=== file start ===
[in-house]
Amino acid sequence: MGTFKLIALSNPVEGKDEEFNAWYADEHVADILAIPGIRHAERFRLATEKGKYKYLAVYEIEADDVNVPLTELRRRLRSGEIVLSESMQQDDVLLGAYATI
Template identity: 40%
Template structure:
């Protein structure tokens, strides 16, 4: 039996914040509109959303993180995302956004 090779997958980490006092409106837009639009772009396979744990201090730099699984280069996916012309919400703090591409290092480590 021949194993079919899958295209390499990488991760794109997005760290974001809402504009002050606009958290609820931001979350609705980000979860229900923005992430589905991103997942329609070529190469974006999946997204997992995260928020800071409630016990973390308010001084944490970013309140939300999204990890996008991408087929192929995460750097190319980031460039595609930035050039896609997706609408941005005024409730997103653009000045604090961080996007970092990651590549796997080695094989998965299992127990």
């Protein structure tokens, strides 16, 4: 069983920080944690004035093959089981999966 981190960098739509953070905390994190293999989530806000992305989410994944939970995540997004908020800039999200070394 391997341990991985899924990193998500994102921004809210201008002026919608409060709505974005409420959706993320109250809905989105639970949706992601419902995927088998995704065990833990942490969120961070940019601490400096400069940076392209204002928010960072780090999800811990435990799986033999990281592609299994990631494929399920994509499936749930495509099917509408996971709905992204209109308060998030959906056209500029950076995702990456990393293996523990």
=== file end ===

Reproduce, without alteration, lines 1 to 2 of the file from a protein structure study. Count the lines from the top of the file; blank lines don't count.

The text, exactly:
[in-house]
Amino acid sequence: MGTFKLIALSNPVEGKDEEFNAWYADEHVADILAIPGIRHAERFRLATEKGKYKYLAVYEIEADDVNVPLTELRRRLRSGEIVLSESMQQDDVLLGAYATI